By Peter Silcock, chief executive, Civil Contractors New Zealand
Building an effective team is the number one priority for all councils as they settle in to their work following the local body elections. Whether there are only a few new councillors, a whole new team, a new mayor, or a new committee chair the dynamics change. A new council has to find its own starting point to be able to operate successfully and get the best results for its community.
Construction and maintenance contractors face the same challenge. Each contract has a beginning and an end, and each job is different from the last. We bring together people with the expertise, skills and relationships required for the project then we get to work on developing a team that can work together to deliver a great result.
Successful teams are invariably measured by the results that they achieve and councils and contractors are no different. Construction or maintenance contracts that are timely, within budget and exceed customer expectations are what we all strive for.
A critical element to achieving that level of success is getting agreement between the client and the contractors about what success looks like. It goes way beyond just time and cost. It includes things like functionality, aesthetics, design components, resilience, future capacity… the list goes on.
A council operating as a successful team will be able to provide, with a high level of clarity, a view of what success looks like. Without that direction we all face an uphill battle and the results will be suboptimal.
For new councils that are coming together for the first time, building a team which can agree on a clear vision can be very challenging. Yet with many of the core services delivered by councils, such as civil maintenance and construction work, there is probably no (or very little) debate about what is best for the community. Developing these points of agreement is a great foundation on which to build a strong team. It’s about focusing on what you can agree on rather than the differences.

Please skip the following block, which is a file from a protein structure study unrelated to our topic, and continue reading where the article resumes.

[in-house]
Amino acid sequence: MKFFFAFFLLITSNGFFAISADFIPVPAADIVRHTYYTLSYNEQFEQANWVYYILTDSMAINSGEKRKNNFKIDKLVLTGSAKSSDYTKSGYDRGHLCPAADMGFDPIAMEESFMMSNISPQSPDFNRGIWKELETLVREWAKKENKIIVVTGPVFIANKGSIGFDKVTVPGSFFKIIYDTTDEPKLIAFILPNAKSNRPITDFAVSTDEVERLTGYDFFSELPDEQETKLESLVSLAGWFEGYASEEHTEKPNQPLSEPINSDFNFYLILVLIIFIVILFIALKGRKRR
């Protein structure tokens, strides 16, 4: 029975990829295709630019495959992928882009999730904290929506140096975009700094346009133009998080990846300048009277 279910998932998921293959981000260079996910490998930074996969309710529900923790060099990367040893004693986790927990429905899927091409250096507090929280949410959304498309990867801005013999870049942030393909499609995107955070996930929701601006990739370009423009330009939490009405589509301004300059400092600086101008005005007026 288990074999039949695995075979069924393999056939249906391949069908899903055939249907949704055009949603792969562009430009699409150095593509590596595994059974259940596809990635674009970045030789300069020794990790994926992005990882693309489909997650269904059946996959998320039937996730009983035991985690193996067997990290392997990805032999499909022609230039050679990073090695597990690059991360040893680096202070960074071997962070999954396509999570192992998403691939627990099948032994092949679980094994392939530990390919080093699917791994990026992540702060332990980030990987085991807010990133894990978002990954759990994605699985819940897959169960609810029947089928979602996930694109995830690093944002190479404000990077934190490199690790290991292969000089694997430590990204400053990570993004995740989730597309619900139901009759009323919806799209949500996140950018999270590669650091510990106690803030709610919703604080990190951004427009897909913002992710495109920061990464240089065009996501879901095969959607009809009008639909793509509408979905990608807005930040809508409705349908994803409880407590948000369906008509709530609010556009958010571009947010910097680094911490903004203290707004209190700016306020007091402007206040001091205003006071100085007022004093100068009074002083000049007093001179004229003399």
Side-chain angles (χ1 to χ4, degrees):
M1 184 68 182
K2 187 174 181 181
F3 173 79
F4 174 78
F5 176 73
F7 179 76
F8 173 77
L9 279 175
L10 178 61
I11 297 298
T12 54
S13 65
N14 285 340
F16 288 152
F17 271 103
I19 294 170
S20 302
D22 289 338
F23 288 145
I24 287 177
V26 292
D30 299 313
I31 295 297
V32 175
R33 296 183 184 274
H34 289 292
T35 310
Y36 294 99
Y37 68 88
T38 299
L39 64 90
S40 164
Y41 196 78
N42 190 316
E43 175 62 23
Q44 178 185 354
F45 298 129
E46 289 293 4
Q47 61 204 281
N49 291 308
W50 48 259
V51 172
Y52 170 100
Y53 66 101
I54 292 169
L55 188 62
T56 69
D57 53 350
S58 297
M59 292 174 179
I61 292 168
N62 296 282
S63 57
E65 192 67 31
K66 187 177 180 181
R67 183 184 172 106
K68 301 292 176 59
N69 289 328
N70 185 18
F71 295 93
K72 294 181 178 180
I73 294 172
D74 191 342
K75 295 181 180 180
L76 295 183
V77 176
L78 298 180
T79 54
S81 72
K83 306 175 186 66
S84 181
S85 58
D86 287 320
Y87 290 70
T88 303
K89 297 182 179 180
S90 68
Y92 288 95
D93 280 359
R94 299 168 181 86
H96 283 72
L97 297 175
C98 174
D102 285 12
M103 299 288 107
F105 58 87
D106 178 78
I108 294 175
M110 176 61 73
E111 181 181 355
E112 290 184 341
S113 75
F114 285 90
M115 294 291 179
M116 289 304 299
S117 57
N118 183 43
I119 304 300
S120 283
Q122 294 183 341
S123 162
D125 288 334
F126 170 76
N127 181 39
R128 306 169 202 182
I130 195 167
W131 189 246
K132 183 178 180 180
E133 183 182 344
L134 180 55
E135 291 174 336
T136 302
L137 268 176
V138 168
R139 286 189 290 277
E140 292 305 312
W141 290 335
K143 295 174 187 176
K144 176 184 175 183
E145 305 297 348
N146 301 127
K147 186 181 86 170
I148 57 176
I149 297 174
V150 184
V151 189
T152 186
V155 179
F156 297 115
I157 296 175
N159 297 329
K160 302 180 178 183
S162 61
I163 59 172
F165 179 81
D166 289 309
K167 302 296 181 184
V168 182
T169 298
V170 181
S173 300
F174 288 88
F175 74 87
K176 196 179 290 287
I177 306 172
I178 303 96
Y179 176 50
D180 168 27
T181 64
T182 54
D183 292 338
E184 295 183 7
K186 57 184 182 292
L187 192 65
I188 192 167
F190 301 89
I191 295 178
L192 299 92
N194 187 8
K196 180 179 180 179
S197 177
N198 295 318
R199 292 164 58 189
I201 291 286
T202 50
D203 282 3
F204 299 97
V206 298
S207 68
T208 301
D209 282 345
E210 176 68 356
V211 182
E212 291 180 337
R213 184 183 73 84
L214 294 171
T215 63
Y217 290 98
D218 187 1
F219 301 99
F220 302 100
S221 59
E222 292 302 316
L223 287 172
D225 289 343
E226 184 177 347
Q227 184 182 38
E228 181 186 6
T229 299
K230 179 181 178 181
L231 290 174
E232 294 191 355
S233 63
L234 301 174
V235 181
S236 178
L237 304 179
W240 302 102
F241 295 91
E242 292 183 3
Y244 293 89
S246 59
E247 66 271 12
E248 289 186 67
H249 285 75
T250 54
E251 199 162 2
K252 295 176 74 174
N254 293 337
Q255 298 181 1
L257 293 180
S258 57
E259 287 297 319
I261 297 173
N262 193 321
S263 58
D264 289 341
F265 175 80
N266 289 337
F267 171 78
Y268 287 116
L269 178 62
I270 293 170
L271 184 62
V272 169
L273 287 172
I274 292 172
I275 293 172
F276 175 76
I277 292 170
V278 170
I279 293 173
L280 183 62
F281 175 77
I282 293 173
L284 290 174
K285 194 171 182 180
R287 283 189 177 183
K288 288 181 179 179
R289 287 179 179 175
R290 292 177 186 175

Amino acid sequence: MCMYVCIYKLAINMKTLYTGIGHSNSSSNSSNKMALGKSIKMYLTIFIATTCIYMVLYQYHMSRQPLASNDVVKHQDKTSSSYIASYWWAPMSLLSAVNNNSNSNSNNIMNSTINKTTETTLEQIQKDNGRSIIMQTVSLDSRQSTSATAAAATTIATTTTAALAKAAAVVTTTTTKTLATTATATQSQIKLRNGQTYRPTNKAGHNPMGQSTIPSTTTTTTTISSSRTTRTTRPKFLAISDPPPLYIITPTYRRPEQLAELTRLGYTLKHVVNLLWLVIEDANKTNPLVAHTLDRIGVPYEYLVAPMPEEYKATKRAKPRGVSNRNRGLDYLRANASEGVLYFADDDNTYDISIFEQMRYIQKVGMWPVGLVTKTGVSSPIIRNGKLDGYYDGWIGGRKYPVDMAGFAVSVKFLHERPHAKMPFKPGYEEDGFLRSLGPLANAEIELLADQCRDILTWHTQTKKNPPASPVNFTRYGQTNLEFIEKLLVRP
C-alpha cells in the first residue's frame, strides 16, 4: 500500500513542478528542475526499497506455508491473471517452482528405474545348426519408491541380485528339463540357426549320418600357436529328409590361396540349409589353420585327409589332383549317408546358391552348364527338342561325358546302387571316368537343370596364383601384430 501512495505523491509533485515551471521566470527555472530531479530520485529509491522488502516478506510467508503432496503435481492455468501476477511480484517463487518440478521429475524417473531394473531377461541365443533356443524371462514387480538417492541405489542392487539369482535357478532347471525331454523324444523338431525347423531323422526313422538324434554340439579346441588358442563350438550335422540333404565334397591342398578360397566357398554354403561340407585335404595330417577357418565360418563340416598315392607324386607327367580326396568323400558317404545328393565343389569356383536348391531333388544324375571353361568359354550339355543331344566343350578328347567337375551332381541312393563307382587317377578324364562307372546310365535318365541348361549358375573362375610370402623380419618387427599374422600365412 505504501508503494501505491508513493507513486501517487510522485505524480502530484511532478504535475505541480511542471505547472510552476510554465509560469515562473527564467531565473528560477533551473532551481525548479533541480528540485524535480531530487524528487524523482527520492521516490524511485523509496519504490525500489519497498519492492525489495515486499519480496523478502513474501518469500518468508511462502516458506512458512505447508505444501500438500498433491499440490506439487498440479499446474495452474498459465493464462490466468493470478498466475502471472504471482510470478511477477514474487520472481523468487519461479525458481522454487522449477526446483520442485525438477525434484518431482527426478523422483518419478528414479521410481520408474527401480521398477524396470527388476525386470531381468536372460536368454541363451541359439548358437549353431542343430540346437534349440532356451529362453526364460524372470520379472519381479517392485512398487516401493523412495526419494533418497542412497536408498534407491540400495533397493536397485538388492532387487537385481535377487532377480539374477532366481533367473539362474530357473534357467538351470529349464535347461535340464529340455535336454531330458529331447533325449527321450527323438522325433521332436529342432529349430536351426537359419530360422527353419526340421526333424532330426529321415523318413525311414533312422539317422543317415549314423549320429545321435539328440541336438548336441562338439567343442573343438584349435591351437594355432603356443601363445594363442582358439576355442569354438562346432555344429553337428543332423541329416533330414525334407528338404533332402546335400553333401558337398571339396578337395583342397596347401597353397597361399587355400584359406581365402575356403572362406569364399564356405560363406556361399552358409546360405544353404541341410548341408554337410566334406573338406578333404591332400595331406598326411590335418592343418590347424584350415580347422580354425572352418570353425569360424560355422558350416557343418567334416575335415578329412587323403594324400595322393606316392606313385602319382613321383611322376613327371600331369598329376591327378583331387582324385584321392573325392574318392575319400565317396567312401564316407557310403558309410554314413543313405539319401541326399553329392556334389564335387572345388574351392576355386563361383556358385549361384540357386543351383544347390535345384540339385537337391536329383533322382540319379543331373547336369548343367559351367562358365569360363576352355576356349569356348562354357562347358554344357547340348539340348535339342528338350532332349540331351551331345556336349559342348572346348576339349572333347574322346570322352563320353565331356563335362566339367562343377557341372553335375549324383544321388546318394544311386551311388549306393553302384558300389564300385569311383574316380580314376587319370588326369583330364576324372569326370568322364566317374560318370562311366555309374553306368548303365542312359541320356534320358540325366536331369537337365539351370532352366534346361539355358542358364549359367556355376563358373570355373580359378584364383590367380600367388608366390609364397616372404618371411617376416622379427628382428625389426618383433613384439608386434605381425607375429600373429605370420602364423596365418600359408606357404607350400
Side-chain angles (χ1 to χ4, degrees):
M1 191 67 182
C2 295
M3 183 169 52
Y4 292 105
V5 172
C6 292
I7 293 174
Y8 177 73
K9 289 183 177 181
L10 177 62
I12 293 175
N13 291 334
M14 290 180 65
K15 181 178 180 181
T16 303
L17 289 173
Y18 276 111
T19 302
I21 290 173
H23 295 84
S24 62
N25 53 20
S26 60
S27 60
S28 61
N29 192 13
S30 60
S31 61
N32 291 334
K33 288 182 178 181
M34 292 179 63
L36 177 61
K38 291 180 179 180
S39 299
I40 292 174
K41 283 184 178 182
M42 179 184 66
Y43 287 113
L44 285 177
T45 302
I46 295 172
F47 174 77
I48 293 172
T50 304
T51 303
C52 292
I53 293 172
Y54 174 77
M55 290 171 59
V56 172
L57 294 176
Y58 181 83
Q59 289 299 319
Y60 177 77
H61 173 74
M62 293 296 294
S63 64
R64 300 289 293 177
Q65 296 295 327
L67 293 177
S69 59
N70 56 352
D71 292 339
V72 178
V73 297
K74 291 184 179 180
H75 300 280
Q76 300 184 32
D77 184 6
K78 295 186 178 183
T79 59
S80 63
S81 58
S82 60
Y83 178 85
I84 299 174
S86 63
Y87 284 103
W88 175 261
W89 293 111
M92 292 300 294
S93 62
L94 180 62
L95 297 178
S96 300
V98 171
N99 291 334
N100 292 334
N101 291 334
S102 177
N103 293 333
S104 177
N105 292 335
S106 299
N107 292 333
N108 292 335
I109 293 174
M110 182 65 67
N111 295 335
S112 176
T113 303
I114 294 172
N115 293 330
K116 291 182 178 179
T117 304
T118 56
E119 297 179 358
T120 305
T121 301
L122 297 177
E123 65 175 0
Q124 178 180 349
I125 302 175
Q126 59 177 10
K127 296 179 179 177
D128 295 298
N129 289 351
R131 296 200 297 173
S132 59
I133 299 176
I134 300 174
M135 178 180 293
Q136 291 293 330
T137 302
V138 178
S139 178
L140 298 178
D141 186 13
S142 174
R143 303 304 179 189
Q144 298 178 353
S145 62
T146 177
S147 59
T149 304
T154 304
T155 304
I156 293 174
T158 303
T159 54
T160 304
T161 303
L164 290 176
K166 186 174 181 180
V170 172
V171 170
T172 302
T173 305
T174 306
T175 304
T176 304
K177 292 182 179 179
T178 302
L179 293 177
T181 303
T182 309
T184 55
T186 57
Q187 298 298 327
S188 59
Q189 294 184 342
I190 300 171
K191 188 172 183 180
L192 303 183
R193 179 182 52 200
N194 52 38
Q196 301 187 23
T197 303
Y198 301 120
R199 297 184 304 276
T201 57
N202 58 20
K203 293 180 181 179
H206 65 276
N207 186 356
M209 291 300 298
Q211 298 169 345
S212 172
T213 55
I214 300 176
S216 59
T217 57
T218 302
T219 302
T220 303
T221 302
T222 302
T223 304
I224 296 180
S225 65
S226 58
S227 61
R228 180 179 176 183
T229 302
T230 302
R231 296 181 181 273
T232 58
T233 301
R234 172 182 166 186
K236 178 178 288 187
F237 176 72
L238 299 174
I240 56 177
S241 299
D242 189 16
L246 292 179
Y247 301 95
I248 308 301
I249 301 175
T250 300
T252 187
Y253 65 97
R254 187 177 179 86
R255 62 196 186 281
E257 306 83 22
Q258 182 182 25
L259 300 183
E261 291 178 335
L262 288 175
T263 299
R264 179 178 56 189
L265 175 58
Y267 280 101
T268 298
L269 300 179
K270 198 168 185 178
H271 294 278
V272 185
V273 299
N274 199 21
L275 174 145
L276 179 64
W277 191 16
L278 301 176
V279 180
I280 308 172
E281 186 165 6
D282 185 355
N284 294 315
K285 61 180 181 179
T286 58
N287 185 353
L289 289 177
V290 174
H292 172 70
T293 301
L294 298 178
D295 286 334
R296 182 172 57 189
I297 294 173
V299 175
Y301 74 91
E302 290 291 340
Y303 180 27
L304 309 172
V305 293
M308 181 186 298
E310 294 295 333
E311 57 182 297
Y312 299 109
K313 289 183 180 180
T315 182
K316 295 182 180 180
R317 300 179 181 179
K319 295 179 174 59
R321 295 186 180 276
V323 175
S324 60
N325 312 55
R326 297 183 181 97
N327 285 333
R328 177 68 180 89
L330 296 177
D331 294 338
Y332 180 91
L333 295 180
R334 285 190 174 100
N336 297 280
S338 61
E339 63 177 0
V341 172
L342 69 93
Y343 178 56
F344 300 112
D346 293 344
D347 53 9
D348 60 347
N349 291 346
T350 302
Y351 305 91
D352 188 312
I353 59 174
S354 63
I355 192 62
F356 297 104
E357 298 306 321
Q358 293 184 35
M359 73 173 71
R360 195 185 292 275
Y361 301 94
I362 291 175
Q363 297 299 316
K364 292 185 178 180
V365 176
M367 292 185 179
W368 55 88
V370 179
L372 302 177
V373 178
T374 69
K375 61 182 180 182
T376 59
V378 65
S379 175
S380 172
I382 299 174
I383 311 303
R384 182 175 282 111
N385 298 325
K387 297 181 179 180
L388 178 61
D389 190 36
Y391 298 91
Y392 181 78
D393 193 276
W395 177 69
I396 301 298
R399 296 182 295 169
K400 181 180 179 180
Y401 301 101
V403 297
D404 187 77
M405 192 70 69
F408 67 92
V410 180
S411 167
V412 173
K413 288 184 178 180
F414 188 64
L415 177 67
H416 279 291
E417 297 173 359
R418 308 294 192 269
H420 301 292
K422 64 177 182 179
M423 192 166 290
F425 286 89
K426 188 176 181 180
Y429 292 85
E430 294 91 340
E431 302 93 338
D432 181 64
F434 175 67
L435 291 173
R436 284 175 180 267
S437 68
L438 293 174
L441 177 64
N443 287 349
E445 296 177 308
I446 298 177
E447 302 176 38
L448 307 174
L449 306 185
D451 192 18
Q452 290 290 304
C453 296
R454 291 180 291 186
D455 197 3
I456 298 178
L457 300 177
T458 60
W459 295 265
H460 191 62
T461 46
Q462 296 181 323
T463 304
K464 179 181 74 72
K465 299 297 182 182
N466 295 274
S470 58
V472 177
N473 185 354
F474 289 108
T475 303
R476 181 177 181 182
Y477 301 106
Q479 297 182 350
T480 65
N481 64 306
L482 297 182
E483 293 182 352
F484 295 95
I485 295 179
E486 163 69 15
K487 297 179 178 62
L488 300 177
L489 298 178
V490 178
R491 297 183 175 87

All councils have a mountain of infrastructure work to do and many have significant challenges around funding the maintenance and replacement of aging infrastructure. Treasury’s Infrastructure Evidence Base, Ten-year Capital Intentions Plan 2016 identifies that local government is intending to do 3559 projects worth a total of $51 billion over the next 10 years.
For communities, councils and contractors the timely, consistent and well planned delivery of this work is critical. The council long-term plans, improved asset management and a more strategic approach to procurement are contributing to achieving better delivery but these things all need to be actively supported and encouraged by councillors.
Engagement with the contracting community through Civil Contractors New Zealand’s branches is also improving with better visibility of work programmes, improving collaboration, increased innovation and a best-for-customer approach becoming more evident.
A number of councils have gained an industry reputation for underspending their capital budget. We recognise that sometimes there are good reasons for this but more often than not it is caused by poor project planning (particularly the time required for consenting, design and procurement) and a lack of internal capacity to effectively manage projects.
This capital underspend is not a saving. It represents a deferment at best and if it involves deferring the replacement or upgrading of aging infrastructure then it is likely to be costing the council and the community.
The deferment of capital projects can represent a reduction in community service levels: for example, more service outages; a reduction in the level of infrastructure resilience such as the ability of stormwater systems to cope during flood events; and an increase in maintenance costs where repairs of aging infrastructure escalate or old systems are maintained when new, more efficient and innovative systems could be installed.
Working together as a team you can get these projects going which will be good for the community, good for the council and good for contractors.
This article was first published in the December 2016 issue of NZ Local Government Magazine.